Diana Dellantonio




I was born and raised in Bolzano, in South Tyrol (Italy). I attended a high school with Greek and Latin as principal subjects. Due to the desire of improving my German skills I decided to transfer to Austria. I attended the University of Innsbruck where I hold a B.A. degree in Classica et Orientalia (with specialisations in Classical Philology and Ancient History) and a M.A. degree in Ancient History and Near Eastern Studies. I undertook many journeys with the University of Innsbruck, having been to Ankara, Greece, Rome, Iran and Berlin. Before completing my B.A. in 2015 I attended a Seminar on Ancient Greek Music organised by the University of Trento. I also did an internship at Tyrol Castle, near Merano (South Tyrol). I moved to Vienna in 2017 where I started one year after the PhD in Ancient History under the supervision of Prof. Fritz Mitthof (Department of Ancient History) and Prof. Danuta Shanzer (Department of Classical Philology). In 2019 I attended a workshop at the Austrian Academy of Sciences where I have gained insights into Digital Humanities. In spring 2020 I attended an online interdisciplinary course about memory studies organised by the University of Trento.

Research interests: Medea in Greek literature; Alexander the Great’s representations in the Western and Eastern Medieval manuscripts of the Alexander Romance; ancient lieux de mémoire, especially of the Augustan period; Early Rome in Late Ancient historiography; reception of Classical antiquity in movies and in paintings.

Current research project: The Early History of Rome from the perspective of Late Ancient historiography (2nd – 7th century AD)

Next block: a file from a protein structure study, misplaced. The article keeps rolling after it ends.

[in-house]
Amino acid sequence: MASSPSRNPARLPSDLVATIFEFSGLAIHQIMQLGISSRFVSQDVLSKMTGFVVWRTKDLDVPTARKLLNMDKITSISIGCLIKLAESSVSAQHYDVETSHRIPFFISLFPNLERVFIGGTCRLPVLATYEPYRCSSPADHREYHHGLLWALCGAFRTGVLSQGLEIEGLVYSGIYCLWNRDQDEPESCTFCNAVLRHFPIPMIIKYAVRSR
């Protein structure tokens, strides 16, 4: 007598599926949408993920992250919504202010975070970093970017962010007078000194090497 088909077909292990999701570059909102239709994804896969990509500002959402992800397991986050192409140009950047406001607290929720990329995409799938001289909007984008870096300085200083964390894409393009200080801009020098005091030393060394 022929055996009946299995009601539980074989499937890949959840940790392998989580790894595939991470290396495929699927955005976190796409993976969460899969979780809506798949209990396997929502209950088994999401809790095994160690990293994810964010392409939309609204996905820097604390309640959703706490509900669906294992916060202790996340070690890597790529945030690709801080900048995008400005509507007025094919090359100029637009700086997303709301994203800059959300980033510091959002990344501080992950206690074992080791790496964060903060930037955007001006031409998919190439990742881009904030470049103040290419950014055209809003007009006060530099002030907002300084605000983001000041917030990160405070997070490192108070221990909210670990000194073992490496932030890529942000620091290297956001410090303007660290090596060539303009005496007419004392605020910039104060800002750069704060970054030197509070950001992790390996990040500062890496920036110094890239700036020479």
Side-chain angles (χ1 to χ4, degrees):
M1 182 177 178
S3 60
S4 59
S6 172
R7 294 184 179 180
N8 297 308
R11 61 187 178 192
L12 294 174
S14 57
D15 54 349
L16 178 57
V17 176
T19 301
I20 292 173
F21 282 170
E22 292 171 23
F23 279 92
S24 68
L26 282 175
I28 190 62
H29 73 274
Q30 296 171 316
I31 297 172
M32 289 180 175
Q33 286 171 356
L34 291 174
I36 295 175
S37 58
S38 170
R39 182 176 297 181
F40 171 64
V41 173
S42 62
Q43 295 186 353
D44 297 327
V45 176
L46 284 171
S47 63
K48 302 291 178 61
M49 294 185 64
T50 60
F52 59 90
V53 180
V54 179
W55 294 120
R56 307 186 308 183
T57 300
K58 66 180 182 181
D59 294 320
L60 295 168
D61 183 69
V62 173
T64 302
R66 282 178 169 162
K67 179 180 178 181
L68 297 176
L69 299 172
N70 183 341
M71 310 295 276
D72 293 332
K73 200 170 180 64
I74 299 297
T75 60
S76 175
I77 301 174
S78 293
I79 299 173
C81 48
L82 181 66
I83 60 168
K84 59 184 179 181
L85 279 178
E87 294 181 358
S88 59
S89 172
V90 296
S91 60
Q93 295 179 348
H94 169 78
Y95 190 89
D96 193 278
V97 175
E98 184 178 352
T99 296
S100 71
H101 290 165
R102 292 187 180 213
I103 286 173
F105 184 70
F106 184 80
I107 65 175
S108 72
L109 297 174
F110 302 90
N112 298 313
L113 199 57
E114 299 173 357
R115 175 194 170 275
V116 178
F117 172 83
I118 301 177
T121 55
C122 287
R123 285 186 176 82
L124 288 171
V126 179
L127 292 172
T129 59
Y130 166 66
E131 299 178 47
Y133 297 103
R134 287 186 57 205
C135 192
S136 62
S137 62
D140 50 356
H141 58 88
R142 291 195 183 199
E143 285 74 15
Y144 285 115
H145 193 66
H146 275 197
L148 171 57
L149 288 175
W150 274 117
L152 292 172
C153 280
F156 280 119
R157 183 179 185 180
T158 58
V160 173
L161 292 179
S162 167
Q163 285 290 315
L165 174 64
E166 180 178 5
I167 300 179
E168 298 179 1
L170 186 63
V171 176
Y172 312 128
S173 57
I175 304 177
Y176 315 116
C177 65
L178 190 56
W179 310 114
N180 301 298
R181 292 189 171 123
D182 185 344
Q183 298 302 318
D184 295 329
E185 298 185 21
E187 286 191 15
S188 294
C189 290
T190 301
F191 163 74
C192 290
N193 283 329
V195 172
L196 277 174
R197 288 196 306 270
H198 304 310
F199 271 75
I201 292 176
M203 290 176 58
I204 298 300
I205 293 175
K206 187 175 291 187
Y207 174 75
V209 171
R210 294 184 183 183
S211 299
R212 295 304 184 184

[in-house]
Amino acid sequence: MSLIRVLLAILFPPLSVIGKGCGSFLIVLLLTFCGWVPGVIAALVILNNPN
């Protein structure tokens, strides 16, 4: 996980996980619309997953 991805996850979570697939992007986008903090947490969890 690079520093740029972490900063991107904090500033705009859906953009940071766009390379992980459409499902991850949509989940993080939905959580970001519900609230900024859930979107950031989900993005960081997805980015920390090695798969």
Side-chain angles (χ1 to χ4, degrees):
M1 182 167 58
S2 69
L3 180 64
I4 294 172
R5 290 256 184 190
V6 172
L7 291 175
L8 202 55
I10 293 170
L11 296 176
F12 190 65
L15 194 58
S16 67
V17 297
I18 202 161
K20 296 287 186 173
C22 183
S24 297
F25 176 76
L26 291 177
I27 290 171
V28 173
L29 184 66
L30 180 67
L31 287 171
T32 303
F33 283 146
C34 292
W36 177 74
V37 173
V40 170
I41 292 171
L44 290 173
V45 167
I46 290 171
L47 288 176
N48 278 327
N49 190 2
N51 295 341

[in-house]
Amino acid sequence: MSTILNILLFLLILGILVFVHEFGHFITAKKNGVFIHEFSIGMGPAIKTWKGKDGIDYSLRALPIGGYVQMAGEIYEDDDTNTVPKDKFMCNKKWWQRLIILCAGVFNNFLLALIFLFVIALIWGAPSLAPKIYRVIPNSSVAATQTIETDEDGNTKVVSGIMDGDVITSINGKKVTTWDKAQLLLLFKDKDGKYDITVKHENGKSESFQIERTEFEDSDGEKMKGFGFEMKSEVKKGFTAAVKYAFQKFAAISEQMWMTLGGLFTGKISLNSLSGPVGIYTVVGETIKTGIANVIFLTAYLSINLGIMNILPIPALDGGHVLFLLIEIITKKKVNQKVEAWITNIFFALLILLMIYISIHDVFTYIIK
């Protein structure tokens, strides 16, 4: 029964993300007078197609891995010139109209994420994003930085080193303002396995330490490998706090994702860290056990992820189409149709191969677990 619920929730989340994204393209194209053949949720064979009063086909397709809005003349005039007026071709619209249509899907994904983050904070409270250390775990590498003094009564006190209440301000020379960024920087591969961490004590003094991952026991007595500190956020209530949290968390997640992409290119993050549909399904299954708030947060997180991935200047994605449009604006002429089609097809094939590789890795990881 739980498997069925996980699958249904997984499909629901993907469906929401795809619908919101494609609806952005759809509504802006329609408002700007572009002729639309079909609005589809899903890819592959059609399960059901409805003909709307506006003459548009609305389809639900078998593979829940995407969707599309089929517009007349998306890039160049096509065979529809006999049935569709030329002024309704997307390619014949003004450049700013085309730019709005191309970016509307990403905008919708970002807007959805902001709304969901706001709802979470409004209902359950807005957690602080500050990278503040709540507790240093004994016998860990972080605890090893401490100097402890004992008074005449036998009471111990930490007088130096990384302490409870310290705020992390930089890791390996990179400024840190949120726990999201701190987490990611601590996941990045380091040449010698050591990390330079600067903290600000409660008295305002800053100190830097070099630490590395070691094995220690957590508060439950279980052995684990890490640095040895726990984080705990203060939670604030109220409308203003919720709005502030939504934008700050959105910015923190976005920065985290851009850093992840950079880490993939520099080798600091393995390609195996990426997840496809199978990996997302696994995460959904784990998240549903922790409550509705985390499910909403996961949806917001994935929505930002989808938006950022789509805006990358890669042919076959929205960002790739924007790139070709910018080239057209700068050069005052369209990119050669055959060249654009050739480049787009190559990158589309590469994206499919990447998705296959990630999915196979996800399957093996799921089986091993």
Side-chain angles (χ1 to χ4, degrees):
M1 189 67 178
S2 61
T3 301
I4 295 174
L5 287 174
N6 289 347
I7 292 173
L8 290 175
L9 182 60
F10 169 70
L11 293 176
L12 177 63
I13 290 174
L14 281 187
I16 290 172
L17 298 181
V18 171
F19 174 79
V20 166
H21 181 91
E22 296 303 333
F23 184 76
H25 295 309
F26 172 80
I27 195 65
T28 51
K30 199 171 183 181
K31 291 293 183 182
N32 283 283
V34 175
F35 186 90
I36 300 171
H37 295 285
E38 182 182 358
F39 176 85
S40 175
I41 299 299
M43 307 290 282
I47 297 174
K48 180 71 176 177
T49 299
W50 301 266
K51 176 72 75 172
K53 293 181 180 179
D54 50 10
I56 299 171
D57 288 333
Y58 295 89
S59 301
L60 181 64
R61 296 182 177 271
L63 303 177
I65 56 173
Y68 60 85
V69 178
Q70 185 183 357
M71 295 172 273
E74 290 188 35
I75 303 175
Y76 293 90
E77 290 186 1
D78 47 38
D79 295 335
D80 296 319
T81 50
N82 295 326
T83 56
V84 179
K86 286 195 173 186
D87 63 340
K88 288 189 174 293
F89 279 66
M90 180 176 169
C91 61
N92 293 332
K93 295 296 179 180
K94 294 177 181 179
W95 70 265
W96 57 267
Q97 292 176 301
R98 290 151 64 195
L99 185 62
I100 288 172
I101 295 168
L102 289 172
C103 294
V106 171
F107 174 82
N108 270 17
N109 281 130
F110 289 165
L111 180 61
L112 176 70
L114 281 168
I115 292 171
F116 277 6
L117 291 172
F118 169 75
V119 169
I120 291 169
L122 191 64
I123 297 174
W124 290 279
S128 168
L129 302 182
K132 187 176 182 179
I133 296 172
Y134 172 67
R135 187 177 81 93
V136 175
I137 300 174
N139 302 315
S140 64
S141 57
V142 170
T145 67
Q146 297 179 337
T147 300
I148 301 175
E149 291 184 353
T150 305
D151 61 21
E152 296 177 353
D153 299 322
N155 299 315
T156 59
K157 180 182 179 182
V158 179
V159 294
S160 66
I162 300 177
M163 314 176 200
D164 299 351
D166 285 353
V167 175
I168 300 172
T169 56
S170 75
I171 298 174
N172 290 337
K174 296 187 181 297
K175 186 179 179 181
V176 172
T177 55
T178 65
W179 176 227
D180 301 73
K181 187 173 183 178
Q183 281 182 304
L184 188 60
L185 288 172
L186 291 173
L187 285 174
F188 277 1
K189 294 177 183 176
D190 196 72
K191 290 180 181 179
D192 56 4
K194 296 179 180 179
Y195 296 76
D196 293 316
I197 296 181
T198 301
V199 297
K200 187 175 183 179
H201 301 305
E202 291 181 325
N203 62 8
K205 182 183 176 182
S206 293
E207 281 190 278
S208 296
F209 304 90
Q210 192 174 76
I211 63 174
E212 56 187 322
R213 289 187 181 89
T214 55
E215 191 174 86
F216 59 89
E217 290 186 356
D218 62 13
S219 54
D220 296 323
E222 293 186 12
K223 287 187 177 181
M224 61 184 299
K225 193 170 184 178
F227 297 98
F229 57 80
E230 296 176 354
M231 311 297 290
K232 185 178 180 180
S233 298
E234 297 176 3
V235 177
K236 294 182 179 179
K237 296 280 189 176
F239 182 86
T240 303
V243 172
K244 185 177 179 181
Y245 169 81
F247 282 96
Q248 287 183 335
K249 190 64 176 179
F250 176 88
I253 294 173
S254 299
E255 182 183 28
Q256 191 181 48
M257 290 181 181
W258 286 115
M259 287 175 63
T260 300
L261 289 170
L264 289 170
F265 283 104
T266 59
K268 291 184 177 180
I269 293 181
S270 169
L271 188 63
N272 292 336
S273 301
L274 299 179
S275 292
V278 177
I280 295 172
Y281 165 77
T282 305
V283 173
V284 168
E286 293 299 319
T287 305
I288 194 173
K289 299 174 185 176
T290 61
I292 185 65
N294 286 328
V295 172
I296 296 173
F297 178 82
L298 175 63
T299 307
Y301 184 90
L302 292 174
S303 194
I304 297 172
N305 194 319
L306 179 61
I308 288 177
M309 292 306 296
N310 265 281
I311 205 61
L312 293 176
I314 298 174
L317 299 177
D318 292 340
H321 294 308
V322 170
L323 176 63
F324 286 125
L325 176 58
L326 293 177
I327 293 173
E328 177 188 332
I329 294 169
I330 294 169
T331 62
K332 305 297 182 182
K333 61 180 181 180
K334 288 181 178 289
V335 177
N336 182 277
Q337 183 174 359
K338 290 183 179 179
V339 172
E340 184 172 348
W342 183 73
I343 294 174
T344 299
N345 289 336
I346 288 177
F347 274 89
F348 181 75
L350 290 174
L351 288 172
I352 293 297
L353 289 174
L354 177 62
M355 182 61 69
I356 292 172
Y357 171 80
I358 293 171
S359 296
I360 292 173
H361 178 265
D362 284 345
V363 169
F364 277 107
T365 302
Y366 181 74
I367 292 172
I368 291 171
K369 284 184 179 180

My dissertation deals with the perception of the period of Early Rome (which means the period that spans from the from the landing of the Trojan hero Aeneas on the Italian coasts to to the expulsion from Rome of the last Roman King Tarquin the Superb) in Late Antiquity, i.e. in the period between the 2nd and 7th century A.D. The five historians I selected for this analysis are: Cassius Dio (Roman History, 2nd/3rd century AD), Pseudo Aurelius Victor (De viris illustribus, 4th century AD), Paulus Orosius (History against the Pagans, 5th century AD), Jordanes (Romana, 6th century AD) and Johannes Malalas (Chronicle, 6th century AD). The selected authors came from different social milieus, professed different creeds and came from different places of the Roman Empire. The methods used for the investigation are three: the philological method, the historical method and the historical discourse analysis. The first method focuses on the texts themselves: it is going to be examined the style, genre and terminology of each text. The second method deals with the historical core of the reports on Early Roman history from the perspective of modern research. Here is where research has its voice in the matter and the attitude towards Early Rome of modern researchers will be compared with the one of Late antique authors. The core of the historical discourse analysis is discourse as a way of knowledge, on the basis of the Foucauldian discourse. The discourse on Early Rome can be constructed through the works of each Late ancient writer and their many contexts: the geographical context, the temporal context and the social background (origin, education, religious or political career) of each author.


  • Die Ara Pacis Augustae als „Erinnerungsort“, in: Akten des 14. und 15. JungAkademikerInnenTagungen der Karl-Franzens-Universität Graz (14. November 2019 / 24.-25. Juni 2021), in preparation